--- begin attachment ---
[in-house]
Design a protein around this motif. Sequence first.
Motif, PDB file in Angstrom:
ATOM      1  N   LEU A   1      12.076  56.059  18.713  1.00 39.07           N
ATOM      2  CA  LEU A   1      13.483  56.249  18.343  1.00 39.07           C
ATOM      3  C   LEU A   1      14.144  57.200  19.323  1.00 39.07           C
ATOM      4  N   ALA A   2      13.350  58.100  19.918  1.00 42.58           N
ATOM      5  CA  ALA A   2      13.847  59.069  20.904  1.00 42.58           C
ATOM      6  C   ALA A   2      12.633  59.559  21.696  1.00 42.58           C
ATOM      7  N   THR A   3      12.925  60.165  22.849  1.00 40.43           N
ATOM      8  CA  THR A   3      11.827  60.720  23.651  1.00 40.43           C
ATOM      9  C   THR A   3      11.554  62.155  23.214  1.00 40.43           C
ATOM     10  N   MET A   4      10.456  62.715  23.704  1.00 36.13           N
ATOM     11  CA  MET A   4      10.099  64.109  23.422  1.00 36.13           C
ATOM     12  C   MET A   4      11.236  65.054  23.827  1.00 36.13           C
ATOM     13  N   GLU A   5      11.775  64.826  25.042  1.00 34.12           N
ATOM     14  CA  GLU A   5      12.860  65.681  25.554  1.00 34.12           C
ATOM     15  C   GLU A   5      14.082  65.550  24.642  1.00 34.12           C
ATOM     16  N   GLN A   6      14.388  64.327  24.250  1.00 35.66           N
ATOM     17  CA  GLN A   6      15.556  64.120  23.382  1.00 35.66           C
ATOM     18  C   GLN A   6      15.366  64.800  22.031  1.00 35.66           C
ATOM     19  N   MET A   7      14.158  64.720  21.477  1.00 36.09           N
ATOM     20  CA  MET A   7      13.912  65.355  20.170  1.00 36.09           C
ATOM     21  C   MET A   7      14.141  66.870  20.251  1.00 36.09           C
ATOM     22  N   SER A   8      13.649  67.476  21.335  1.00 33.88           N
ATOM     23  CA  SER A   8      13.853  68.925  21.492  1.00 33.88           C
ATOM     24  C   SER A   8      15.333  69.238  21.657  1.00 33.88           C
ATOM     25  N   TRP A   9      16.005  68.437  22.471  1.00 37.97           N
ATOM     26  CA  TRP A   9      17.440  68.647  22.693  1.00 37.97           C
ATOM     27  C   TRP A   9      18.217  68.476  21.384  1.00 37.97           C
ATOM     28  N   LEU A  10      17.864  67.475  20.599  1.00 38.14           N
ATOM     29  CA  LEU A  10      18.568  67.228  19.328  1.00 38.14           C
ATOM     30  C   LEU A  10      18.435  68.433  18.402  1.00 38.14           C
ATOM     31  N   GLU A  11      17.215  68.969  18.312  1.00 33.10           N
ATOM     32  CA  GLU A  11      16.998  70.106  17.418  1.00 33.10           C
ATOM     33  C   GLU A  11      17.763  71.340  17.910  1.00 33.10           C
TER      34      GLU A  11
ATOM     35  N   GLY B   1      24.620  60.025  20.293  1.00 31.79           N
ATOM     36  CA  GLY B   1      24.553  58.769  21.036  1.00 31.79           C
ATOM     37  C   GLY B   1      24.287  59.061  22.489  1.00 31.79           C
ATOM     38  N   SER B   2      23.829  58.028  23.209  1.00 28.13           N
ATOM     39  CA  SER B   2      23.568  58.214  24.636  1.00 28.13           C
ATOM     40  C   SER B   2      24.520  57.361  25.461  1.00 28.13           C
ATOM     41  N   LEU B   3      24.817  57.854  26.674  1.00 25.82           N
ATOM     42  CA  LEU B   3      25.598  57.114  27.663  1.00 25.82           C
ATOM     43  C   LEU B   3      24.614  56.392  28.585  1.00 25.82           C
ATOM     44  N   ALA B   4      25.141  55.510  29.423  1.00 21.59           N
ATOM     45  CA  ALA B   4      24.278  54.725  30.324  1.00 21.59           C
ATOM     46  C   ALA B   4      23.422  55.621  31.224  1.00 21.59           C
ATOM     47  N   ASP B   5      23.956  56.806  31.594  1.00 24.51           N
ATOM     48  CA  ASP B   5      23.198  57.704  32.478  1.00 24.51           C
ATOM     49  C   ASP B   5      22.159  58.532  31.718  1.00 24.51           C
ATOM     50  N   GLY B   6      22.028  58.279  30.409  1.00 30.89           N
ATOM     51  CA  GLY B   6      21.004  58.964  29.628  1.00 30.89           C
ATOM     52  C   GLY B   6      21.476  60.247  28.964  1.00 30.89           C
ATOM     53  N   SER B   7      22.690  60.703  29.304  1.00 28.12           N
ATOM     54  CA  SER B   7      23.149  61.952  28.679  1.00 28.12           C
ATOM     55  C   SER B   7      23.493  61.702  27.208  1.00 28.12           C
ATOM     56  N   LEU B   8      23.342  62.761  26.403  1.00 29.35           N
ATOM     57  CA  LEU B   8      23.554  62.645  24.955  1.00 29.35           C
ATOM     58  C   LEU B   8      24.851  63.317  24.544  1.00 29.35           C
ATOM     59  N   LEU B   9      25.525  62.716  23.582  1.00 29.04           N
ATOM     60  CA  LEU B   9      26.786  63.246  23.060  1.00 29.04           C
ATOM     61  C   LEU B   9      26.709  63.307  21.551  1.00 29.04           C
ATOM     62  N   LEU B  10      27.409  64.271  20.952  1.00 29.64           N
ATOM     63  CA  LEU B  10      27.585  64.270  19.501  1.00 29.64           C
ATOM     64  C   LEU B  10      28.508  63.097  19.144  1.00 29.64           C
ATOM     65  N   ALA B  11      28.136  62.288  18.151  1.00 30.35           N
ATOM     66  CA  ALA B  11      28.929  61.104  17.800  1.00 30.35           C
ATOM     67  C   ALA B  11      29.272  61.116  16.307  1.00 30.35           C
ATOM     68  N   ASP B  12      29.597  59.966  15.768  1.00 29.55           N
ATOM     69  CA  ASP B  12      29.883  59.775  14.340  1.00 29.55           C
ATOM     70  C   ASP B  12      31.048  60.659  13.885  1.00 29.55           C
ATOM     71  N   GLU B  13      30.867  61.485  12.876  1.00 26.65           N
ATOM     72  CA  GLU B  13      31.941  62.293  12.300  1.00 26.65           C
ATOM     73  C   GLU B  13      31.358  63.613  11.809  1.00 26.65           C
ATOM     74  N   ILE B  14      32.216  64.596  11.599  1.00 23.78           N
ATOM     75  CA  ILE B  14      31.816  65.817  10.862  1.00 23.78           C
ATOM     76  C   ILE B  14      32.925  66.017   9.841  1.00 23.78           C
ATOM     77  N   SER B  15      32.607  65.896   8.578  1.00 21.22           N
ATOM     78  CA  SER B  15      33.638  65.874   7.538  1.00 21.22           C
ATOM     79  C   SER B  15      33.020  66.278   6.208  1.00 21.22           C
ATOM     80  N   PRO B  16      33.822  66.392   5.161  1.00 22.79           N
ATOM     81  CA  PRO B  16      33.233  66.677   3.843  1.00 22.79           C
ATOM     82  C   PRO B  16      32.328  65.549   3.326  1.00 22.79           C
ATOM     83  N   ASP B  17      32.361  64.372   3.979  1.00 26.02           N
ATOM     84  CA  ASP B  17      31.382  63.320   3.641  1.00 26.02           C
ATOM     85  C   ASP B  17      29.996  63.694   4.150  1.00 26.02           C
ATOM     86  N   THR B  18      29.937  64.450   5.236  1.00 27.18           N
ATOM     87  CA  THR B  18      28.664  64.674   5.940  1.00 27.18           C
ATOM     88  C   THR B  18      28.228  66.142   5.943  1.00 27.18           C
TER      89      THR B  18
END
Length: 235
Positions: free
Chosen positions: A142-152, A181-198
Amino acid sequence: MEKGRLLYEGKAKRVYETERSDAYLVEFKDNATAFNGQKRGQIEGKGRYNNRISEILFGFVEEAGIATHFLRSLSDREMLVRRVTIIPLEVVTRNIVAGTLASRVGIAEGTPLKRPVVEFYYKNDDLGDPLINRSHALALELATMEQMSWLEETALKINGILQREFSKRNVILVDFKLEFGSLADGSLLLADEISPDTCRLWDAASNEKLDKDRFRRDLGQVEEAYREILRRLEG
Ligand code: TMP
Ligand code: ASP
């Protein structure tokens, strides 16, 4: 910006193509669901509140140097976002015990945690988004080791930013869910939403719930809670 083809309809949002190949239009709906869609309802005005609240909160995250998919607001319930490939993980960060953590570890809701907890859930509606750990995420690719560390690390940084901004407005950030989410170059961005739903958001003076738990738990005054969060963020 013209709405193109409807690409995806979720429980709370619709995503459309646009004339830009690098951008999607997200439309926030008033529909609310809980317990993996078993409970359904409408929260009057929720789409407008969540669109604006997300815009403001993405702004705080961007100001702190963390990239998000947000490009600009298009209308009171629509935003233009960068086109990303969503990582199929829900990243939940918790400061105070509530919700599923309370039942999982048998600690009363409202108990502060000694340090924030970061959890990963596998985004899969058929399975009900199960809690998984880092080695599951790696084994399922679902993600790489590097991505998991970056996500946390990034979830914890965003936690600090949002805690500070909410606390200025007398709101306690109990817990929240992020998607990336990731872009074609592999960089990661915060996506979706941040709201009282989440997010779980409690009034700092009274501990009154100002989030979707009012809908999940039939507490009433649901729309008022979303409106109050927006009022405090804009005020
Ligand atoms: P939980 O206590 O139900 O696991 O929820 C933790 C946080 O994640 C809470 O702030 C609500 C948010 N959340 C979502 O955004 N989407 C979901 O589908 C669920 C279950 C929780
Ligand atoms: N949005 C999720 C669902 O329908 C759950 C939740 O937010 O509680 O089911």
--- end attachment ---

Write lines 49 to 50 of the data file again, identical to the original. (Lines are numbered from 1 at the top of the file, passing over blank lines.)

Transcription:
ATOM     46  C   ALA B   4      23.422  55.621  31.224  1.00 21.59           C
ATOM     47  N   ASP B   5      23.956  56.806  31.594  1.00 24.51           N